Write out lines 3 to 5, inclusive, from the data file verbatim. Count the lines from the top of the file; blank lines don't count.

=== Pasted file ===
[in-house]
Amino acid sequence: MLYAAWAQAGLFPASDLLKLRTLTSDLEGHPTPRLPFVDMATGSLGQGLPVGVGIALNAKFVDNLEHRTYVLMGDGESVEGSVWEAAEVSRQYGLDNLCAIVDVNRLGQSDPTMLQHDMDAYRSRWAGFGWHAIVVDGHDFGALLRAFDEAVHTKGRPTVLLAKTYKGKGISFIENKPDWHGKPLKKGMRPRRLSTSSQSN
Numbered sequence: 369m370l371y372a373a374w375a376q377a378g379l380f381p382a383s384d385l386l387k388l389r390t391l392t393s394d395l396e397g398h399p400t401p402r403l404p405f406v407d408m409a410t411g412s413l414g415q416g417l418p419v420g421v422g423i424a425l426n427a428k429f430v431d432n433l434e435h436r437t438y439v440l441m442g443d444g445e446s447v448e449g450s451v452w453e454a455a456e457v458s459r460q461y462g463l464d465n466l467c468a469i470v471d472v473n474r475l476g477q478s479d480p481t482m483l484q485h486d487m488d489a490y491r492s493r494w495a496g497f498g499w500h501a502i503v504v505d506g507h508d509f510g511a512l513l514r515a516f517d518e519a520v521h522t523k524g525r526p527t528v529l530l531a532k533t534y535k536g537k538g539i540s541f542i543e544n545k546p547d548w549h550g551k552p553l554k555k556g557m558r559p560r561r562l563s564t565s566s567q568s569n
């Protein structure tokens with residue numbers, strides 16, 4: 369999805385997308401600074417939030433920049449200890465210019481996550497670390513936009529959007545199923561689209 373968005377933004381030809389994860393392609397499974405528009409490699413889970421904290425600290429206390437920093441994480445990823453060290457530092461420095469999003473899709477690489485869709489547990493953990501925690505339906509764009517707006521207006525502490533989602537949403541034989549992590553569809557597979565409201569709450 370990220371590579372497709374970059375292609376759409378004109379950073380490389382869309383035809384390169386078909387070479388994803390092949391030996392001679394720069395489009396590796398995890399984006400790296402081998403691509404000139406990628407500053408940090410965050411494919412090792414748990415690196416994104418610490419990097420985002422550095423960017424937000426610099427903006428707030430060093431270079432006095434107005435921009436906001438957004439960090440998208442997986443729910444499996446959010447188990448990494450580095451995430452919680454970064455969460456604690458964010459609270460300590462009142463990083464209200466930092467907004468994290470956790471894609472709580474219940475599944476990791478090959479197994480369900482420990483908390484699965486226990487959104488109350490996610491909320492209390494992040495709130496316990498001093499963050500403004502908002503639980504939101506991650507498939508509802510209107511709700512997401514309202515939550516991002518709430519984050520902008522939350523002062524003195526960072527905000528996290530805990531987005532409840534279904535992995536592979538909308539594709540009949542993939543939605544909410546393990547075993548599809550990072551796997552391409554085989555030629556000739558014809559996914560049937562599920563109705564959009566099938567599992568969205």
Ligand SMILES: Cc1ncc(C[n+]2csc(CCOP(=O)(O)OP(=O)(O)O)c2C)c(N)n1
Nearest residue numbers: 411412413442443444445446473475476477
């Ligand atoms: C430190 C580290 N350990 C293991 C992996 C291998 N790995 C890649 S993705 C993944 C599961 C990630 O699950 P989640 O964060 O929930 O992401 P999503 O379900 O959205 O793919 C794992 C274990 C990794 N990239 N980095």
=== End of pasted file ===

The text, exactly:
Numbered sequence: 369m370l371y372a373a374w375a376q377a378g379l380f381p382a383s384d385l386l387k388l389r390t391l392t393s394d395l396e397g398h399p400t401p402r403l404p405f406v407d408m409a410t411g412s413l414g415q416g417l418p419v420g421v422g423i424a425l426n427a428k429f430v431d432n433l434e435h436r437t438y439v440l441m442g443d444g445e446s447v448e449g450s451v452w453e454a455a456e457v458s459r460q461y462g463l464d465n466l467c468a469i470v471d472v473n474r475l476g477q478s479d480p481t482m483l484q485h486d487m488d489a490y491r492s493r494w495a496g497f498g499w500h501a502i503v504v505d506g507h508d509f510g511a512l513l514r515a516f517d518e519a520v521h522t523k524g525r526p527t528v529l530l531a532k533t534y535k536g537k538g539i540s541f542i543e544n545k546p547d548w549h550g551k552p553l554k555k556g557m558r559p560r561r562l563s564t565s566s567q568s569n
């Protein structure tokens with residue numbers, strides 16, 4: 369999805385997308401600074417939030433920049449200890465210019481996550497670390513936009529959007545199923561689209 373968005377933004381030809389994860393392609397499974405528009409490699413889970421904290425600290429206390437920093441994480445990823453060290457530092461420095469999003473899709477690489485869709489547990493953990501925690505339906509764009517707006521207006525502490533989602537949403541034989549992590553569809557597979565409201569709450 370990220371590579372497709374970059375292609376759409378004109379950073380490389382869309383035809384390169386078909387070479388994803390092949391030996392001679394720069395489009396590796398995890399984006400790296402081998403691509404000139406990628407500053408940090410965050411494919412090792414748990415690196416994104418610490419990097420985002422550095423960017424937000426610099427903006428707030430060093431270079432006095434107005435921009436906001438957004439960090440998208442997986443729910444499996446959010447188990448990494450580095451995430452919680454970064455969460456604690458964010459609270460300590462009142463990083464209200466930092467907004468994290470956790471894609472709580474219940475599944476990791478090959479197994480369900482420990483908390484699965486226990487959104488109350490996610491909320492209390494992040495709130496316990498001093499963050500403004502908002503639980504939101506991650507498939508509802510209107511709700512997401514309202515939550516991002518709430519984050520902008522939350523002062524003195526960072527905000528996290530805990531987005532409840534279904535992995536592979538909308539594709540009949542993939543939605544909410546393990547075993548599809550990072551796997552391409554085989555030629556000739558014809559996914560049937562599920563109705564959009566099938567599992568969205």
Ligand SMILES: Cc1ncc(C[n+]2csc(CCOP(=O)(O)OP(=O)(O)O)c2C)c(N)n1